This large manor house, belonging to a notable owner, who was probably called Veranius, presents three phases of architectural reform and expansion that take place throughout from the 4th century AD C. The mansion will continue in use until the 5th century AD. C. The set is organized into four terraces dug into the hillside. The main entrance of the villa is on the west flank and gives access to the north patio.
The configuration of the spaces allows us to assume that the ceremonial route made by the visitors to the villa began at the entrance to the north patio, through which they accessed the large loggia open at noon whose route led to the main rooms of representation.
It has several mosaics and highlights the polychrome mosaic of the representation room (oecus), protected by a cover. Tombs from the High Middle Ages have also been found.
In the space of the old Roman dining room (triclinium), which had previously been a reception room (oecus), was built in the s. IV a church from which we can see its floor plan, with a single nave, finished off in a horseshoe-shaped apse.
The function of the Torrexón continues, at present, being discussed. In the opinion of Joaquín Manzanares, we would find ourselves before an old Christian basilica, with a horseshoe-shaped apse, three longitudinal naves, the central one being wider, through whose upper area ran, on both sides, a row of windows that illuminated the enclosure, thus like spiral staircases at each angle to go up to the stands located in the side naves. The portico at the foot and the baptistery attached to the southern flank complete the list of elements, according to this author. However, for Professor Fernando Marín it would be a low-imperial thermarum basilica, they would attribute to the plan of this temple a peculiar and highly original character, among all those known to Christianity, that is, a hall of meeting associated with the baths, taking advantage of the building only in medieval times for religious or funerary purposes.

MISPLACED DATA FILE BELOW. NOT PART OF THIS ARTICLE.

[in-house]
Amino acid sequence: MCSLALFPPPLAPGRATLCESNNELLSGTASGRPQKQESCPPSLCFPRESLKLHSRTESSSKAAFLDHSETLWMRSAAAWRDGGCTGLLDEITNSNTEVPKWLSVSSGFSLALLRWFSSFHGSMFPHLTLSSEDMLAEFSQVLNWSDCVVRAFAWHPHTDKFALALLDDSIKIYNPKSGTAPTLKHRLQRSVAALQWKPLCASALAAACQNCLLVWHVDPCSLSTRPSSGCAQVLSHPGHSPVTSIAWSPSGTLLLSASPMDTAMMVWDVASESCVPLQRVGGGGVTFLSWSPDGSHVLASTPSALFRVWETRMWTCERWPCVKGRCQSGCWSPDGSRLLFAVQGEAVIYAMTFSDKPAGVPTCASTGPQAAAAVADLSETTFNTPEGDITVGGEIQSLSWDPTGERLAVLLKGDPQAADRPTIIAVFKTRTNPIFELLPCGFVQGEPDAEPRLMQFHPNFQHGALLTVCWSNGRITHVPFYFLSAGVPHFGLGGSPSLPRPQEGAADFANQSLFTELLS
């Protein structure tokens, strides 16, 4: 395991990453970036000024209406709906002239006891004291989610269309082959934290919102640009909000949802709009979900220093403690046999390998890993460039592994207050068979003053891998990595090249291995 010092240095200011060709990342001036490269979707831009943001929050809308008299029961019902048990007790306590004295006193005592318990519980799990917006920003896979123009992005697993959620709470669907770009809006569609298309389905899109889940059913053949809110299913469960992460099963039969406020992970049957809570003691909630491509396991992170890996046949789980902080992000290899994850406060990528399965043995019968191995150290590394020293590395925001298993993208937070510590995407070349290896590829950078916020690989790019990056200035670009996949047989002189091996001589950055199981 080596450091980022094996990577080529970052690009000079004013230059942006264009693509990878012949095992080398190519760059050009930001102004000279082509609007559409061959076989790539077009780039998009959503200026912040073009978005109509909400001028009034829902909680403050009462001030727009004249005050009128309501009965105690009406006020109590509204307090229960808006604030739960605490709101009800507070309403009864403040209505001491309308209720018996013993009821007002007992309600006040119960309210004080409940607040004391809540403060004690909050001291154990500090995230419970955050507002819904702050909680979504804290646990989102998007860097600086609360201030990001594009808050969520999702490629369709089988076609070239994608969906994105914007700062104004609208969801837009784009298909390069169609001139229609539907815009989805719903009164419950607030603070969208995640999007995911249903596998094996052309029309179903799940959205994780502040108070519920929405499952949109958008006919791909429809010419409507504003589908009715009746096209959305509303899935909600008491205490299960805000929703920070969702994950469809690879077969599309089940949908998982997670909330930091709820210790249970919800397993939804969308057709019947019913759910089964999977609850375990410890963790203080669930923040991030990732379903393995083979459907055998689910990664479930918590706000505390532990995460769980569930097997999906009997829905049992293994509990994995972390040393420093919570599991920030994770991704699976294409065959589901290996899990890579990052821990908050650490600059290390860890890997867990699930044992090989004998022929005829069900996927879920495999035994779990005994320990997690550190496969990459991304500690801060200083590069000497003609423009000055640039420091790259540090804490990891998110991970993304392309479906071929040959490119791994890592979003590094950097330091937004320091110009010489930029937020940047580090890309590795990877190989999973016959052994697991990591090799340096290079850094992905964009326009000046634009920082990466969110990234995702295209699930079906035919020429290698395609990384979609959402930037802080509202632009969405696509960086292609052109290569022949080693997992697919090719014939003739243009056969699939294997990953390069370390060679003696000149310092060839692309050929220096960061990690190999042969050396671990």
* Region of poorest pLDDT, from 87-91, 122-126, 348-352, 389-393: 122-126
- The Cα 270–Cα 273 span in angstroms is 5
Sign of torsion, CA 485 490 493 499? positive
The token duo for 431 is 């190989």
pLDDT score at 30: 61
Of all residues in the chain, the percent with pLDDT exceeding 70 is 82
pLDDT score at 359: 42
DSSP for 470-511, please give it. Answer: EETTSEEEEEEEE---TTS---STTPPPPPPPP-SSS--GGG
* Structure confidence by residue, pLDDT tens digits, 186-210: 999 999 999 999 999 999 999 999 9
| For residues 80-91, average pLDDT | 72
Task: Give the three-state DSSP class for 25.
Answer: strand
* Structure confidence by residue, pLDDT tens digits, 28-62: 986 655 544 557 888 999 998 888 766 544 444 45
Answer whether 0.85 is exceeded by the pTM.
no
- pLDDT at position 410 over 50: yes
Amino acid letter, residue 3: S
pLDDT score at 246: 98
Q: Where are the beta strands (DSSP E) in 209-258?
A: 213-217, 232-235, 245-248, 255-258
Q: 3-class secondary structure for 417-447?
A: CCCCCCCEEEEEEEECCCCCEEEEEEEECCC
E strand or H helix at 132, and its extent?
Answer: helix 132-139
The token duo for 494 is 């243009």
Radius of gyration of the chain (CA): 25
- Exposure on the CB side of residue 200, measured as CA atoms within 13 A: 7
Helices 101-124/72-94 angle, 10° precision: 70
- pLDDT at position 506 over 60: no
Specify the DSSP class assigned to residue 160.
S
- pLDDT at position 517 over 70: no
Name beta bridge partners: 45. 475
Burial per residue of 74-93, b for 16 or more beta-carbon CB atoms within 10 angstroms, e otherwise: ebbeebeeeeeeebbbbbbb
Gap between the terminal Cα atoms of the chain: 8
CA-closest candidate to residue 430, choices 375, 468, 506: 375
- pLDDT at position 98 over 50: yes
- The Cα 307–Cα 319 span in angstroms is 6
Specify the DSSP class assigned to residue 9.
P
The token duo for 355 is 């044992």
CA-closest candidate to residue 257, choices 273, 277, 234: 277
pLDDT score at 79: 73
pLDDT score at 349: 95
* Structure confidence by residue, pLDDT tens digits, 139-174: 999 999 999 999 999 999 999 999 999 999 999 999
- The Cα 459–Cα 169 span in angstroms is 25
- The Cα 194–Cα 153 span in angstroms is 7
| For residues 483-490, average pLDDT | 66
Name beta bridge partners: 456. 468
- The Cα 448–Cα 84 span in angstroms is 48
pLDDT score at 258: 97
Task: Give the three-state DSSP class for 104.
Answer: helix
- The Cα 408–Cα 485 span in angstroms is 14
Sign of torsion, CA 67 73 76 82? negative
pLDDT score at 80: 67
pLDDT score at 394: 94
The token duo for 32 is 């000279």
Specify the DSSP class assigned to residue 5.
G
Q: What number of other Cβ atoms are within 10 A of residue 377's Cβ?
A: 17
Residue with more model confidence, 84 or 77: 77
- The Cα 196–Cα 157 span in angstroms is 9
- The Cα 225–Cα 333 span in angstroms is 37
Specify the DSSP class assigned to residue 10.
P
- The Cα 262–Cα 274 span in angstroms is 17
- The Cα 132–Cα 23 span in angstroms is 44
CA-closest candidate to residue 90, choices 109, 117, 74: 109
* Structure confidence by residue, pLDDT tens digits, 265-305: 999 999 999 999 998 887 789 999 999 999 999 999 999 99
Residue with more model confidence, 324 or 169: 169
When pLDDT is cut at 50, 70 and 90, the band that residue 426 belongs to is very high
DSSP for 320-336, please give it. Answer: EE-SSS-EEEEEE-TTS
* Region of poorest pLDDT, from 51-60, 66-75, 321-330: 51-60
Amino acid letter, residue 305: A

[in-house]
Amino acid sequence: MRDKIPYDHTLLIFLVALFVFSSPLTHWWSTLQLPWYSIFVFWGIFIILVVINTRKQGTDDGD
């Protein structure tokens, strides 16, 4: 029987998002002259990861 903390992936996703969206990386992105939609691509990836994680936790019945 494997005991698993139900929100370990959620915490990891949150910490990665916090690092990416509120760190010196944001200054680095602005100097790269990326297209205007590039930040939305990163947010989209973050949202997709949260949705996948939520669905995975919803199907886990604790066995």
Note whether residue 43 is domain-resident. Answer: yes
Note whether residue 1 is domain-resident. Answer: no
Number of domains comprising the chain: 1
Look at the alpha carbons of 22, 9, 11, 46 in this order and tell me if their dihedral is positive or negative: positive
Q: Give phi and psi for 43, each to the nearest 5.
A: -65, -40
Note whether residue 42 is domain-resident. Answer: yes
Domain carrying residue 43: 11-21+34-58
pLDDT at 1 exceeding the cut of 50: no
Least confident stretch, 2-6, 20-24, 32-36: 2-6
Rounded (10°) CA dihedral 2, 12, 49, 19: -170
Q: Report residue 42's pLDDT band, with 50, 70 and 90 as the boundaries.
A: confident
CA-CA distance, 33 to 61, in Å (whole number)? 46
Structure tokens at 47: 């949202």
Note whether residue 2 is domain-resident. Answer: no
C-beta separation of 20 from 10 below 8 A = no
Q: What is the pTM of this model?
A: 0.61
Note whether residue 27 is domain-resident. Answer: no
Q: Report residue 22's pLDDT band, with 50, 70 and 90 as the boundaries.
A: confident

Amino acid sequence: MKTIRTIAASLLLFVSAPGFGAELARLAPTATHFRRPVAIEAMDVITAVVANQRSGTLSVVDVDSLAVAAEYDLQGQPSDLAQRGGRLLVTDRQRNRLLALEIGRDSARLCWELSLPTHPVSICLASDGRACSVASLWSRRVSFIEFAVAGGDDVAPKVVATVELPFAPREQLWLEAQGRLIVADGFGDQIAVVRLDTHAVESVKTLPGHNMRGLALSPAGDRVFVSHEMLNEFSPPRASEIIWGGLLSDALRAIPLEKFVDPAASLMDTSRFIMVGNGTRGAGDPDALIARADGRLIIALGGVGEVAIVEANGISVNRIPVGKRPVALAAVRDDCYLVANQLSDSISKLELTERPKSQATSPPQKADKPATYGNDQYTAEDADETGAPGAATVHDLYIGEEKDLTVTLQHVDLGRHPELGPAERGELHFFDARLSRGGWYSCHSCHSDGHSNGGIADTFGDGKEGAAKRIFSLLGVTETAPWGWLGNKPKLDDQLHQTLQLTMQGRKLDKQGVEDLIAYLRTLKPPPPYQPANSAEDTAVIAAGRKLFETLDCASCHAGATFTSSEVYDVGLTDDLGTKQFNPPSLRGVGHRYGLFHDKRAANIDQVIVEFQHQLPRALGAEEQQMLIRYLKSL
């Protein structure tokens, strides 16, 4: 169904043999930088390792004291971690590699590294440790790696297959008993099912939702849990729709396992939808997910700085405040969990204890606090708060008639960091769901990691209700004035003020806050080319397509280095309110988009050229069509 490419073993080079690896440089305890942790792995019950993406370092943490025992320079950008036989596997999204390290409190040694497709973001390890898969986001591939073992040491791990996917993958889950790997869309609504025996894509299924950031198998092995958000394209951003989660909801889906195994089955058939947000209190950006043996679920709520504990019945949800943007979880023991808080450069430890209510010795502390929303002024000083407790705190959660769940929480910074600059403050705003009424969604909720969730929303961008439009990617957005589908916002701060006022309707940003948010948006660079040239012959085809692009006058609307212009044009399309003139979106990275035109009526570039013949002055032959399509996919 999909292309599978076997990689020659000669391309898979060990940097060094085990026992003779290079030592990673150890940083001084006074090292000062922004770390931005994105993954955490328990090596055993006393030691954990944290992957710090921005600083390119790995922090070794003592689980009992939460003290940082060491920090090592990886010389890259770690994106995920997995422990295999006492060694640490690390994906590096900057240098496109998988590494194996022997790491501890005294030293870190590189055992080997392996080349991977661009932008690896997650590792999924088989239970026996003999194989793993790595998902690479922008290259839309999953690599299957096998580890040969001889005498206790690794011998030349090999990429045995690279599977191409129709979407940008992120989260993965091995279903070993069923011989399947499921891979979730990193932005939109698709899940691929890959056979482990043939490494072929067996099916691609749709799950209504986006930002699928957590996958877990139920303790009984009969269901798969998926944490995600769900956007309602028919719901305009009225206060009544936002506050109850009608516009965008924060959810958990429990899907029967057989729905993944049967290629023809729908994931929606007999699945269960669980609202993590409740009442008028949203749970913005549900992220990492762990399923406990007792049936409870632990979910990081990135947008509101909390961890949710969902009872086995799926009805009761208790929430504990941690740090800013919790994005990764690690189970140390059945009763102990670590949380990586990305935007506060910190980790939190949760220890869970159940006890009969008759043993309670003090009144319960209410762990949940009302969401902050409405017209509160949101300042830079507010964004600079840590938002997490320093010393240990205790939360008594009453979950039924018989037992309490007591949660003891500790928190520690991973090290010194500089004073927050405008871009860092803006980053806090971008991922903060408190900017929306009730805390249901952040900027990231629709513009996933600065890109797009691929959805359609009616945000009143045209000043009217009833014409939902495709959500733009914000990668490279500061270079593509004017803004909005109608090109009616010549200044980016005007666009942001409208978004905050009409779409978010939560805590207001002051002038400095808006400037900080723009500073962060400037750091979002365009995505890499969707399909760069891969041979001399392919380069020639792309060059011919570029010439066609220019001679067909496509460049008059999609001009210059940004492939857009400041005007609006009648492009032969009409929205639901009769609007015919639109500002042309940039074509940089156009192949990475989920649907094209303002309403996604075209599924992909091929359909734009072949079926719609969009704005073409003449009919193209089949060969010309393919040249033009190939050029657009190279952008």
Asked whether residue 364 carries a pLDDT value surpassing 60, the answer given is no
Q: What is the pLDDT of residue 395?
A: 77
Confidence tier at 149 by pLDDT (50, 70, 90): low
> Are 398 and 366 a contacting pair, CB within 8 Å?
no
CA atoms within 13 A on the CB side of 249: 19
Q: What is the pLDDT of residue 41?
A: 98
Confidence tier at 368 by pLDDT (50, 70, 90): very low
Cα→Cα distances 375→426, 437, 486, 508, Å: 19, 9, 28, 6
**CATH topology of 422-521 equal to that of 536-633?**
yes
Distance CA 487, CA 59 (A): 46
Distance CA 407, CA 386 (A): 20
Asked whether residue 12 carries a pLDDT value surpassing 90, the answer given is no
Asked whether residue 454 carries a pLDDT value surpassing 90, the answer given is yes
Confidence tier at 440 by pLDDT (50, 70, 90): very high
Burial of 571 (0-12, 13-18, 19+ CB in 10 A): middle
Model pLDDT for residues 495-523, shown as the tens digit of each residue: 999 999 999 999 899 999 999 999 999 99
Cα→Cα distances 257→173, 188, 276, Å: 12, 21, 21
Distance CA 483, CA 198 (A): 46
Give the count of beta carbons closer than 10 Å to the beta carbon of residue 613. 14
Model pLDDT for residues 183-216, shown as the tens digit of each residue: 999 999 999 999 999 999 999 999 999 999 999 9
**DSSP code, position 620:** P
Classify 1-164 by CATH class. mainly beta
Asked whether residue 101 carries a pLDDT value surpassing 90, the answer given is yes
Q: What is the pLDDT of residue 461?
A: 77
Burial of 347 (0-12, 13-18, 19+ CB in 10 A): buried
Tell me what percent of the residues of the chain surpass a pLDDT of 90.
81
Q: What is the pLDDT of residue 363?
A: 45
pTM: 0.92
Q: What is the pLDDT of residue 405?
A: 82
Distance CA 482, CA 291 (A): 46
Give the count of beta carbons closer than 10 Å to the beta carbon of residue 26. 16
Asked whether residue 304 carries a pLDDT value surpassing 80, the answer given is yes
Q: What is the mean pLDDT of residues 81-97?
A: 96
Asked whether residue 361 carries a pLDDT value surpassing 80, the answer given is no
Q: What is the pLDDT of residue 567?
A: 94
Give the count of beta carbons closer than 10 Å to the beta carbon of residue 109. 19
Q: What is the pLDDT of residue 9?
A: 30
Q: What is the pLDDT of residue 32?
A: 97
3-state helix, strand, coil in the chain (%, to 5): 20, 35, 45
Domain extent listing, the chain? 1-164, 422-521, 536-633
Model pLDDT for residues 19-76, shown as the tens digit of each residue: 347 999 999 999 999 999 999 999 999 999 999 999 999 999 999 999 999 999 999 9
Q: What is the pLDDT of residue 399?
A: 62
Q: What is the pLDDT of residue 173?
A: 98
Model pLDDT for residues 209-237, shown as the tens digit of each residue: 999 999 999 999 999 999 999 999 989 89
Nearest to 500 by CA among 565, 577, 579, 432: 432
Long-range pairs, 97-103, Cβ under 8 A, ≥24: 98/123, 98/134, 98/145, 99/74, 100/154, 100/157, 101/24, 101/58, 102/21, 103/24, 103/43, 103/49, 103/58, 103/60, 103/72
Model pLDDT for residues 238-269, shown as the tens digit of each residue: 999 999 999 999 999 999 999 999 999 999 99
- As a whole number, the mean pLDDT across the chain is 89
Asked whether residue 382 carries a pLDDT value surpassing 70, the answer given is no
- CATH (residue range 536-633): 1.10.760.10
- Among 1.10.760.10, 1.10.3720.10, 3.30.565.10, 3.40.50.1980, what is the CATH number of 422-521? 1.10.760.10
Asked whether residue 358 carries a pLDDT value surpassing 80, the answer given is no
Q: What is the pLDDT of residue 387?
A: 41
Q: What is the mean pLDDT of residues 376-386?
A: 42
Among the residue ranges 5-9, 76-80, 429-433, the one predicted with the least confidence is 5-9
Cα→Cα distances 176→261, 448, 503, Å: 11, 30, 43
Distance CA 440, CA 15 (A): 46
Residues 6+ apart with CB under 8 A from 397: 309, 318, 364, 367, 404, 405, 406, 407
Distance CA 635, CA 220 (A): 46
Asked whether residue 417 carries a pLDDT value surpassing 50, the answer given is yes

There is no doubt about the Christianization process that the space is undergoing, thus, the indications of ruin and progressive abandonment of the town of Veranes coincide with the appearance of the first burials discovered in some rooms of the stately area.
Archaeological excavation has shown that the structures of the urban pars are abandoned and depreciated during the second half of the fifth century or beginning of the 6th century AD, except for the triclinium and the rooms close to it. These spaces remain standing throughout time and in the 9th century AD. We know that they are being used as a church for the village or place of Riera under the dedication of San Pedro and Santa María.
In this process of Christianization we cannot ignore the appearance of two blocks of sandstone that contain Christian symbols. One of them, the Abbey’s crismón, is currently at the access door to the sacristy of the current Cenero Abbey, a few kilometers from the Roman villa of Veranes and was brought to this place by the parish priest of Cenero, D Manuel Valdés Gutiérrez in the middle of the 20th century. The second ashlar was found during the excavations of the town of Veranes in 2008, specifically in the necropolis area of the town, in the so-called North Patio, in tomb 593 (according to F. Ochoa), currently in the Archaeological Museum of Asturias.